Mollie felt the responsibility of her father and stepmother while she had her own family with needs. She was the “meat” in that sandwich between generations. A great many women today struggle with those same challenges. I thought it of interest that some circumstances cross generations and decades. I hope how Mollie dealt with it might offer inspiration for women today.
What do you love most about writing historical novels?
I love exploring how women of the past dealt with the challenges of family, finding meaningful work, growing in their faith, managing life. That these women really lived adds inspiration, I think, if I’ve told their stories well. I also think that stories set in another time allow readers to imagine themselves. Stories are like maps. They help us figure out where we’re going but also help reduce the fear and anxiety of the unknown. Writing such stories helps me reduce those fears and anxieties too.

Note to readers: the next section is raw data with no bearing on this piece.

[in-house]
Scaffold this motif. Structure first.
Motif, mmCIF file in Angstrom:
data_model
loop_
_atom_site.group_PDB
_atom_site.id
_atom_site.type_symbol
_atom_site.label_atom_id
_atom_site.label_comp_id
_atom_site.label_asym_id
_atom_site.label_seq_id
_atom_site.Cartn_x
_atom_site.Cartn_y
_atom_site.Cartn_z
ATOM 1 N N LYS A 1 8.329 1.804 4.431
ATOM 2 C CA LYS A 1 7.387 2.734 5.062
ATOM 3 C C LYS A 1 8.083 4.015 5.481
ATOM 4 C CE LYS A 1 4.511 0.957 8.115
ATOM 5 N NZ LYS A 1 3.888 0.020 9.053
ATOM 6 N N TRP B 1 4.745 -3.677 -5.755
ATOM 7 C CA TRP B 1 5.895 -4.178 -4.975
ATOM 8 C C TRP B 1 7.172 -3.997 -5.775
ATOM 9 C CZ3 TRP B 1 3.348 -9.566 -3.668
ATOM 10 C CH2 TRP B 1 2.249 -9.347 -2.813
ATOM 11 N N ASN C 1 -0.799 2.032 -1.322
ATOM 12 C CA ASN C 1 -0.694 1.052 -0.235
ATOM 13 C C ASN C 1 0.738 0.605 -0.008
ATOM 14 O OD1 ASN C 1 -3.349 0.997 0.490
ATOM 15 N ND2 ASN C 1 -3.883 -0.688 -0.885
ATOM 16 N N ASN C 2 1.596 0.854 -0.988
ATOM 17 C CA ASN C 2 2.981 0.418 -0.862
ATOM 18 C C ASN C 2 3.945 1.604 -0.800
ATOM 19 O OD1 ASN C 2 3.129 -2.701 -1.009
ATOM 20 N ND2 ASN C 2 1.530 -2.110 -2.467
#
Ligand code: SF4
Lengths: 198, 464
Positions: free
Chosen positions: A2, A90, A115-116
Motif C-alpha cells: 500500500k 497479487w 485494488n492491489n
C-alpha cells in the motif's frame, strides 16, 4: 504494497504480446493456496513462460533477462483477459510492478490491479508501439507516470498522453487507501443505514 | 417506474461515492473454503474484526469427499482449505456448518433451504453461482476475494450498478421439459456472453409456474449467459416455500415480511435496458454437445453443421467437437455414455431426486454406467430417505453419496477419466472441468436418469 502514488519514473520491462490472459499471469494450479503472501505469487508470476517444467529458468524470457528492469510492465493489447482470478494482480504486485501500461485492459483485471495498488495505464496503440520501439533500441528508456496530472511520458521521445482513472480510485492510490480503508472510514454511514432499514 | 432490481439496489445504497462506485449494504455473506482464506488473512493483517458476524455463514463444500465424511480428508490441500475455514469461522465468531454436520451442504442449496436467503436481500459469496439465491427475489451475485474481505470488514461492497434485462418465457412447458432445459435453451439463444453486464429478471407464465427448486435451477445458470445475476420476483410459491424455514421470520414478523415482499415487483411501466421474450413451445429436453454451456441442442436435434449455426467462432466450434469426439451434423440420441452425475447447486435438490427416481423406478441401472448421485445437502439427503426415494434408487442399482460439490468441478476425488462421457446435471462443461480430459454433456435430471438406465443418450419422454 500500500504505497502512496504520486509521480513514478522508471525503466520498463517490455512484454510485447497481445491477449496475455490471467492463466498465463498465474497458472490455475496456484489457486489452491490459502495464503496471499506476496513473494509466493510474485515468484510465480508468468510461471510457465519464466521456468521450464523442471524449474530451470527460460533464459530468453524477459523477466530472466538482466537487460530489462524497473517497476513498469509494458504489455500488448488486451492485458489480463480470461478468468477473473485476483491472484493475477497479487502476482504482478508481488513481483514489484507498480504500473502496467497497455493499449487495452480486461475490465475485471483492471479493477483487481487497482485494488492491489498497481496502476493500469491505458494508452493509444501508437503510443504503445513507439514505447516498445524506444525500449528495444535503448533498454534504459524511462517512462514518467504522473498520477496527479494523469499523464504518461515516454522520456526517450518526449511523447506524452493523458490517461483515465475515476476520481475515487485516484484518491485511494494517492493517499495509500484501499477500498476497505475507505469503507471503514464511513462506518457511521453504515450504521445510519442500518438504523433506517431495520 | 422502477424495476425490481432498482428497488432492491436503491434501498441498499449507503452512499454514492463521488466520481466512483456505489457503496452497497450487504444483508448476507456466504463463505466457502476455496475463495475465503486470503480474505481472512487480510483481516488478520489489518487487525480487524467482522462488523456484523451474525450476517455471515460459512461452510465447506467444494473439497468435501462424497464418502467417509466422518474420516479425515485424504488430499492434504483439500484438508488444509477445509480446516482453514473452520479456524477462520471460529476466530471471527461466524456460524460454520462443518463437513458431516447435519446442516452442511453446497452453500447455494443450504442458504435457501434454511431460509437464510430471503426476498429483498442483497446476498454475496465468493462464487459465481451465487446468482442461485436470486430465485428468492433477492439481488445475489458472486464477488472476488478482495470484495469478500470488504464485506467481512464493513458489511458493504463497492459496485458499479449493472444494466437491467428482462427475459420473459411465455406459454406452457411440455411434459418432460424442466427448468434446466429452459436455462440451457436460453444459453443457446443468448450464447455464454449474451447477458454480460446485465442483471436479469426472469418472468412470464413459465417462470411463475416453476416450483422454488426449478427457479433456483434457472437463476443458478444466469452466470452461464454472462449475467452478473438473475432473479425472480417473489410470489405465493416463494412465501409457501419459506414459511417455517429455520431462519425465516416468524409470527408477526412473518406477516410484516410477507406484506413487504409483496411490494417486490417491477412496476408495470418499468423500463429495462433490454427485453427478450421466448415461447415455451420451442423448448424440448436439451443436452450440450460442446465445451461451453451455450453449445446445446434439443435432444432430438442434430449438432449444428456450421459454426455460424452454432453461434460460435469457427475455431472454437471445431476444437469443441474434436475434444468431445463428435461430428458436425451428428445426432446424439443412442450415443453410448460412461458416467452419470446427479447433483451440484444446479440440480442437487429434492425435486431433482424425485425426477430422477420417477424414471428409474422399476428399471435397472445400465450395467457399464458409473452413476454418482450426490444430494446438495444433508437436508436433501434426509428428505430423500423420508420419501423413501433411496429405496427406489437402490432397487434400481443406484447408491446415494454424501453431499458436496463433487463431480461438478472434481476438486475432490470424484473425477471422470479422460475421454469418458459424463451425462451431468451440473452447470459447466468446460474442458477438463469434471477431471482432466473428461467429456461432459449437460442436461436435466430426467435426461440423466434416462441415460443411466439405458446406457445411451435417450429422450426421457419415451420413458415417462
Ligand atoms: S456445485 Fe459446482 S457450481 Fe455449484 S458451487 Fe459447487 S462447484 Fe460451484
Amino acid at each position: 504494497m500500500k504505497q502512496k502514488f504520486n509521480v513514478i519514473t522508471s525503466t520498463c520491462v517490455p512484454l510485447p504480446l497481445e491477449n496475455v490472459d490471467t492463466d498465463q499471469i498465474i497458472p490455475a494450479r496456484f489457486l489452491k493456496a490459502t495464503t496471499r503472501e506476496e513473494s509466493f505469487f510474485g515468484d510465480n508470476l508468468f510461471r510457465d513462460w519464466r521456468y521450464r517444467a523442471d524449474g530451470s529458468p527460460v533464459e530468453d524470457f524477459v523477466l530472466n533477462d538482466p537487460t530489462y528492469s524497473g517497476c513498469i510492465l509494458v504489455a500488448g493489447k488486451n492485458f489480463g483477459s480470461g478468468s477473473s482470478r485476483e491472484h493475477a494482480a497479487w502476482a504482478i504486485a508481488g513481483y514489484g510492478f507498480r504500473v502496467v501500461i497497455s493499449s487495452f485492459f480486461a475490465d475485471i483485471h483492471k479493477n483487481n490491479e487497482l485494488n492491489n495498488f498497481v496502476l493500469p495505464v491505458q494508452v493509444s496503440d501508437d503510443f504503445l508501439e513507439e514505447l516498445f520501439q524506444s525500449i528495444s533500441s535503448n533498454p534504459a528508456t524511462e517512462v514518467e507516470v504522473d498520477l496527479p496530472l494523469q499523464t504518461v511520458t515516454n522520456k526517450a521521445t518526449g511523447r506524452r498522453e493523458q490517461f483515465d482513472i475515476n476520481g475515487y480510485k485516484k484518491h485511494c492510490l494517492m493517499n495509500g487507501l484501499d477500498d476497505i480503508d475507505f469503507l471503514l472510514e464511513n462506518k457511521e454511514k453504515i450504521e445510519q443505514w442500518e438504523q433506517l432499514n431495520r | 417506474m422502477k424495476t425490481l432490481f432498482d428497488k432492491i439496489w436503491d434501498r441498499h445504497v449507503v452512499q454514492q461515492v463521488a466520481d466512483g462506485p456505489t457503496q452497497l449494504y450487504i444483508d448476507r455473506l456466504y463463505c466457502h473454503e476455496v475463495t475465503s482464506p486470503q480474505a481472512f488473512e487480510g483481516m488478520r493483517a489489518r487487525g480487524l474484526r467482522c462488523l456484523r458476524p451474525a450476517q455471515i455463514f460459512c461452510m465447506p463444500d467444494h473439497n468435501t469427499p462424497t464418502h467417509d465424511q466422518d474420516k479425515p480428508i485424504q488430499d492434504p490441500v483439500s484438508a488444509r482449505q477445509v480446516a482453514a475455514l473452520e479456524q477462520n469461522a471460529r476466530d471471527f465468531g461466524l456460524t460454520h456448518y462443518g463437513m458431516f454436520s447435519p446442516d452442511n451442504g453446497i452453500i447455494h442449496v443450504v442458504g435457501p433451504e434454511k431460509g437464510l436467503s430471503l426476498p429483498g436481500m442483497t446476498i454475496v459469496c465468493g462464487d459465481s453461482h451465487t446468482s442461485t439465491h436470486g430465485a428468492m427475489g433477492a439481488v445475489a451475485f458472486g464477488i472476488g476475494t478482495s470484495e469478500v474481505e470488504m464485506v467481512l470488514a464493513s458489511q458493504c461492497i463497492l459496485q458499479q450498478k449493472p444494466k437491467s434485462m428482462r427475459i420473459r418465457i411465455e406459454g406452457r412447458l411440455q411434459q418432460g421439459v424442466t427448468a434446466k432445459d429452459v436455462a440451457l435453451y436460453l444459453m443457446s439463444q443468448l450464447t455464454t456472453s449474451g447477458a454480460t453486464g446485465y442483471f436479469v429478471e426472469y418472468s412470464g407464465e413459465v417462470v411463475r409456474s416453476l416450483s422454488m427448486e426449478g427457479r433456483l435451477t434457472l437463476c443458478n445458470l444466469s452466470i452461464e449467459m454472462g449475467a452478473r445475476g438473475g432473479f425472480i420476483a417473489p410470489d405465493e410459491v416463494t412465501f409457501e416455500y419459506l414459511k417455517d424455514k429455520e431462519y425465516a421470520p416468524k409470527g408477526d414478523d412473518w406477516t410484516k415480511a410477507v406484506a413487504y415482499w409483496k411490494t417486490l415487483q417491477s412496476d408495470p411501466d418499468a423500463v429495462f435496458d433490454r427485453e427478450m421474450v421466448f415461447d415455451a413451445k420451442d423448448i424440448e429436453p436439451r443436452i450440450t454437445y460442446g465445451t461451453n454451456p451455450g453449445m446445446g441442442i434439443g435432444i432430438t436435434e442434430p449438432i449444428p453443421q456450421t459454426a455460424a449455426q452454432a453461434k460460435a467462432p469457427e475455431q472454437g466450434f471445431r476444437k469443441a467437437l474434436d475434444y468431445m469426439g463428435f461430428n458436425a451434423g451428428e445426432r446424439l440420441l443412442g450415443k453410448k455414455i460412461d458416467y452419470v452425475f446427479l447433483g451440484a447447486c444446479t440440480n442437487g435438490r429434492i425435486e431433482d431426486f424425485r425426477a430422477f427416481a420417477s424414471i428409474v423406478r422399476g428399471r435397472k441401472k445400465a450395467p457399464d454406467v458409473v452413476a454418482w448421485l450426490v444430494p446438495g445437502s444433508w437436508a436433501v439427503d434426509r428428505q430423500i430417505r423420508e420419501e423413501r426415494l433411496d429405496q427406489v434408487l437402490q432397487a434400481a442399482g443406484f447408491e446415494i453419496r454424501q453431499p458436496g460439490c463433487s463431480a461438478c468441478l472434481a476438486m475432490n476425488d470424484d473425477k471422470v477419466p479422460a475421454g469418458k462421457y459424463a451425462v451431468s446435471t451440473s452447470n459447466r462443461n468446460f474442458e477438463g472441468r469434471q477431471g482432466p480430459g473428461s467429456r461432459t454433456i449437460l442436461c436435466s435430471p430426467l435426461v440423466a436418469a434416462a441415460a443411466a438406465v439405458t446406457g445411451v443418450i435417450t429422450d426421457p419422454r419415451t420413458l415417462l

How can readers connect with you?
My website is jkbooks.com. Many readers sign up there for my Story Sparks monthly newsletter of news and inspiration. You can find me on Facebook and Instagram.
Mollie Sheehan has spent much of her life striving to be a dutiful daughter and honor her father’s wishes, even when doing so has led to one heartbreak after another. After all, what options does she truly have in 1860s Montana? But providing for her stepfamily during her father’s long absences doesn’t keep her from wishing for more.
When romance blooms between her and Peter Ronan, Mollie finally allows herself to hope for a brighter future–until her father voices his disapproval of the match and moves her to California to ensure the breakup. Still, time and providence are at work, even when circumstances are at their bleakest. Mollie may soon find that someone far greater than her father is in control of the course of her life–and that even the command to “honor thy father” has its limits.